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Strange Indian menu - seeking experts perspective!

We finally tried Yukti's last night - but went for a takeaway rather than eating in.

It's in Old Swan, and the place itself is strange - a big modern building with a large car park (for a restaurant anyway) attached. The building is divided into three - a shop (we didn't investigate that at all), a functions 'wing' and the restaurant in the middle. When we arrived there were quite a few young Asians outside - mostly on their way in to the function suite. It doesn't necessarily mean anything food quality-wise, but there isn't a large Indian/Pakistani population in Liverpool - especially not in Old Swan - so we thought this could be a good sign. Inside the restaurant there were about 50/50 white and Asian people eating.

It's smart inside, without being too shiny (which seems to be a trend these days). There was music, but it was quiet, and, when we were there, jazz was playing.

Now for the food. My summary is that it was quite good and I would go back again to explore the menu a bit more.
Starters were Welsh lamb fillet - very tender (although not pink, as I had hoped fillet would be served) and quite spicy (as in hot), but no sign of the advertised pomegranate yoghurt dressing. Potato and onion bhaji were nice enough. Accompanying dressings/dips (yogurt and mint, tamarind one and a mild chilli one) were ok, but not special.

Mains were Goan fish - this was pretty good, with a light coconut-based sauce and nicely cooked cod. I was impressed that despite it being a takeaway (and therefore having to survive a drive home of a few miles and sitting in the oven while we ate our starters) it was still not over cooked when we ate it.

The Lamb bhuna was ok - the lamb again was meltingly tender and the sauce was a good and thick, clinging to the meat. It did taste a bit too much of cloves, and almost over-spiced generally (I'm not talking about being too hot though). Maybe the sauce had been reduced down too much?

The pulao rice was decent - none of the bright reds and oranges you get in many places. The breads just ok.

There's no doubt it's better than your average British curry-house, and the lamb and fish had been cooked perfectly in the main courses. But I'm not sure of Indian "fine dining" - I really enjoy a more home-cooking style - so I want to try more things on the menu before I give a more definitive opinion.

The bill at £32 was reasonable, as we got 25% discount. I don't know if this was because it was takeaway, or if it was a special offer for all customers.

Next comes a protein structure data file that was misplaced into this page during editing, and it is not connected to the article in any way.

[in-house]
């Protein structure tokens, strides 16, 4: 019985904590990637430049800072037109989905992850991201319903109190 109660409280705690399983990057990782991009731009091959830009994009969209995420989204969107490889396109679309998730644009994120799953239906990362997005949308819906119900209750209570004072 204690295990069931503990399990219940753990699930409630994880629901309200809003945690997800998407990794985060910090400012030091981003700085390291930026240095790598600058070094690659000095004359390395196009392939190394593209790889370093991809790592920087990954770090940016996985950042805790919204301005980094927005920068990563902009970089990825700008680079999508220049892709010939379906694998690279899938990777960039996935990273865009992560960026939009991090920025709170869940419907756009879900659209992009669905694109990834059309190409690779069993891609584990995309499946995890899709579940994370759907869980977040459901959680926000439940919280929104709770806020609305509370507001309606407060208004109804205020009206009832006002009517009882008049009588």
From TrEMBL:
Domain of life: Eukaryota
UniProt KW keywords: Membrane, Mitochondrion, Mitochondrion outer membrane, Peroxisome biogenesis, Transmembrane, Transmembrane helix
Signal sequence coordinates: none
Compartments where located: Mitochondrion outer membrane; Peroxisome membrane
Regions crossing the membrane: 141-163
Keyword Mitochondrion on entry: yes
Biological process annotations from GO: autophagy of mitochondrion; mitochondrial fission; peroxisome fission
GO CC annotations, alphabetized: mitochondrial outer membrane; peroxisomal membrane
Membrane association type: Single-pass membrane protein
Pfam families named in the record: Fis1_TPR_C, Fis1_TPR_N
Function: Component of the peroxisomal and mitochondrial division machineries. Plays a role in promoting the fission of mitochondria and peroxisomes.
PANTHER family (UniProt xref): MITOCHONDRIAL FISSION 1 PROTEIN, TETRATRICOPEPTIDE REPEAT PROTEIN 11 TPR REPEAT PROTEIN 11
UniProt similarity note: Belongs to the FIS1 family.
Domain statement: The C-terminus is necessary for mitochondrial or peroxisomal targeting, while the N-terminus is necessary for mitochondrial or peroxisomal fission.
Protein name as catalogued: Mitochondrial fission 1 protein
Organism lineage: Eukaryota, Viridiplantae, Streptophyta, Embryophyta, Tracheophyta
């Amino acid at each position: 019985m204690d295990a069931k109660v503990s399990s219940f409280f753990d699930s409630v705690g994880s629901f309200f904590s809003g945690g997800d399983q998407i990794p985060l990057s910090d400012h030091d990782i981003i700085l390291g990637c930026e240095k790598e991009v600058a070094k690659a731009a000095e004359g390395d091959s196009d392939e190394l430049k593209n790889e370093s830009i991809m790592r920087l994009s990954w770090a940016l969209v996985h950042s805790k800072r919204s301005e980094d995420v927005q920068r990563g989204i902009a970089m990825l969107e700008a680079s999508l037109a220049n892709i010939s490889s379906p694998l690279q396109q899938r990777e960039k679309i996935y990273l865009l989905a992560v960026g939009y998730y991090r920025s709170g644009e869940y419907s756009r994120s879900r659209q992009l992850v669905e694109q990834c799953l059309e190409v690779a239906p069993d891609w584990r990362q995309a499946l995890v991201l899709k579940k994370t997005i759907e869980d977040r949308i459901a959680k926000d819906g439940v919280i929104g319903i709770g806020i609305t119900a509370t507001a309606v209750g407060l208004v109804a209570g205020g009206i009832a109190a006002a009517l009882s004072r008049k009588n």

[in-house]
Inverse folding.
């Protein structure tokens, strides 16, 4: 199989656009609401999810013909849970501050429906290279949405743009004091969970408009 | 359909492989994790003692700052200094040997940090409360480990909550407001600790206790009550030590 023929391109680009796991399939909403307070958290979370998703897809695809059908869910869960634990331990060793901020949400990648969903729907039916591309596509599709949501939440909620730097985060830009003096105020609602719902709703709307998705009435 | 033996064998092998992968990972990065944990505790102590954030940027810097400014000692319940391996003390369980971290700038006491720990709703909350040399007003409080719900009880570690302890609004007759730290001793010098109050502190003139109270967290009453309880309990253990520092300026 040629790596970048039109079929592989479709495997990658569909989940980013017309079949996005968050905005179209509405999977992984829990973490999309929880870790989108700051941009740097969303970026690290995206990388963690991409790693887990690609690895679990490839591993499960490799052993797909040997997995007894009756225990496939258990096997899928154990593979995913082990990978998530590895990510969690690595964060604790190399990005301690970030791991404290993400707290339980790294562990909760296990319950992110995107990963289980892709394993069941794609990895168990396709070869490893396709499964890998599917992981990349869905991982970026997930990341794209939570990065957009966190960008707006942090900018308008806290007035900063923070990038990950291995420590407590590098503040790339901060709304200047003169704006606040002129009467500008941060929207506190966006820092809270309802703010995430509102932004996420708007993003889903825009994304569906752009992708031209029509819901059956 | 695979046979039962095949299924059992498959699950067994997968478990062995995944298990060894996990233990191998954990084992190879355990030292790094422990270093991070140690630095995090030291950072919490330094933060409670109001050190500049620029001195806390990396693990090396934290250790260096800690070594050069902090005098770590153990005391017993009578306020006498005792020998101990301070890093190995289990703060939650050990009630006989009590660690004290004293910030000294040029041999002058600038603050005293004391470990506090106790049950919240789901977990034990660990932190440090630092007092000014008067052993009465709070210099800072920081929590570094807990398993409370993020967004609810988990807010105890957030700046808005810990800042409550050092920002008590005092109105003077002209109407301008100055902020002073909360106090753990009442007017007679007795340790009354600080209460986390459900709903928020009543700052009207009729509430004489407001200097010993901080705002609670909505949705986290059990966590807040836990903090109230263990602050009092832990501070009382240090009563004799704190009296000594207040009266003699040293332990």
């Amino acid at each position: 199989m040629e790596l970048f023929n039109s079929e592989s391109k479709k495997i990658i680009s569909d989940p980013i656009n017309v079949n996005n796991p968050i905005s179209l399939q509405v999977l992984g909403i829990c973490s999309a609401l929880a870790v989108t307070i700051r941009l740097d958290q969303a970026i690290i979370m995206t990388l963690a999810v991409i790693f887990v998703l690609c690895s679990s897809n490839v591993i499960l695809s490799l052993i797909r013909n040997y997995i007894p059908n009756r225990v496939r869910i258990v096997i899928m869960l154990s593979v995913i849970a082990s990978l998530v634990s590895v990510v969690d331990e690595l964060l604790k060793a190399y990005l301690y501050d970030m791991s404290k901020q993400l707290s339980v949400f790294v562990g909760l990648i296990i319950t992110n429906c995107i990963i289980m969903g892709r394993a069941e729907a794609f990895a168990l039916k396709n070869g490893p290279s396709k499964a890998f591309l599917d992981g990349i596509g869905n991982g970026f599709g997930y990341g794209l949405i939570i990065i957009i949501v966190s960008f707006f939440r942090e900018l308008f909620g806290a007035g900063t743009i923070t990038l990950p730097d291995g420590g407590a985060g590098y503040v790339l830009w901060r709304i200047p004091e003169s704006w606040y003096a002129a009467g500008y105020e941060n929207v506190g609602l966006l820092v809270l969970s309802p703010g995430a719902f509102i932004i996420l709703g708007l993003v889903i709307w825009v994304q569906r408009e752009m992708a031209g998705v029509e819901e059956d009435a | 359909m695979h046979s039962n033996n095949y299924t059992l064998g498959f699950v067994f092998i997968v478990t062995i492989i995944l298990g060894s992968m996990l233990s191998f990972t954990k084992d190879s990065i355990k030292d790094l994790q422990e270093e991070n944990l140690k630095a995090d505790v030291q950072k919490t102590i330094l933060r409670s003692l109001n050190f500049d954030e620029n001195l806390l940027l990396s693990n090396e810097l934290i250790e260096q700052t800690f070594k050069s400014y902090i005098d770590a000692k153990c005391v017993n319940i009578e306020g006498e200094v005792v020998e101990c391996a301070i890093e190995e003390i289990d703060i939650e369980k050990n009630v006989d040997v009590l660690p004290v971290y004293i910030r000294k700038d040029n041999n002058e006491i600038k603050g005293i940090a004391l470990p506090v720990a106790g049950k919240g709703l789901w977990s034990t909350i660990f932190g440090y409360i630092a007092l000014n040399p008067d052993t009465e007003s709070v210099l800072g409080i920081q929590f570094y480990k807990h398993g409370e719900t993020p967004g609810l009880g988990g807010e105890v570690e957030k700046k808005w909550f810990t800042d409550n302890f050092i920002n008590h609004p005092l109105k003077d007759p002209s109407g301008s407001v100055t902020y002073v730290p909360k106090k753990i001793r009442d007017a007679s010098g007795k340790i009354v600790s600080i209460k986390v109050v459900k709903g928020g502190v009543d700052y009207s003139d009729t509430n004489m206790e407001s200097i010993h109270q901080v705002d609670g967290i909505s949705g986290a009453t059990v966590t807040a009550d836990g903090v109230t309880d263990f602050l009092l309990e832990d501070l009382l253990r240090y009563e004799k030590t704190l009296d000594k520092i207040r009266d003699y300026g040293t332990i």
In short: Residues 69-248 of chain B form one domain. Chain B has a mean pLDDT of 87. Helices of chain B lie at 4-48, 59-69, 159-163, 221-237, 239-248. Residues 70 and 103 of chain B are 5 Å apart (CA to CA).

Even though Liverpool-based Chowhounds are a bit thin on the ground, I would love to hear what others think.

Mar 22, 2014
Theresa in U.K./Ireland

A wild ride around the countryside...need some suggestions on the sprint to CDG from Nice. We'd appreciate suggestions on any other aspects as well.

I agree with those who think Carcassonne is overrated. However, the view of it from the outside is magical (although the restoration is far from true to its original state ...). I think there are better, more scenic places to stay between the Dordogne and Provence (the Haut Languedoc National Park is amazing), but on the other hand, if you do visit Carcassonne, it is better to be there in the evening and overnight when the day trippers have gone.

If you do go to the Carcassonne area, the Relais de Chantovent in Minerve is worth a stop for lunch.

Other places en route to Provence (perhaps with some minor detours) include:

The Auberge des Gorges de Madale, just off the D908 http://aubergedesgorgesdemadale.jimdo.com/ Set, no-choice menu, outrageously good value, very good food, big portions (too big for me ...).

Les Marroniers, Lamalou les Bains. Amazing value sert lunches and also serve their cheapest menu in the evenings (around 14 Euro).

L'Ocre Rouge, Herepian. Further East on the D908. Very good modern French cuisine. http://www.locrerouge.fr/

L'Ortensia in St Gervais sur Mare. Perfect food, stunning views from the dining room. http://www.restaurant-ortensia.com/

I have recommended most of these before, and those posts will include restaurants in other places in the Languedoc (such as Sete, Nimes, Arles), so it's worth searching the board for other threads.

Mar 08, 2014
Theresa in France

Strange Indian menu - seeking experts perspective!

I've sent the link to you John - so Helen, if you want to know which cottage I booked in Cartmel, you can contact John for it, and he can forward my email on to you. All very complicated... and it may not even be a problem putting the link up on here - I just wasn't sure.

Mar 01, 2014
Theresa in U.K./Ireland

Cafe de Pearl - Bubble tea on Bold Street, Liverpool

Ooh - will have to check that out. I've always walked past thinking it looked like somewhere not worth going to - but decent Szechuan sounds like something which needs further investigation.

Mar 01, 2014
Theresa in U.K./Ireland

Strange Indian menu - seeking experts perspective!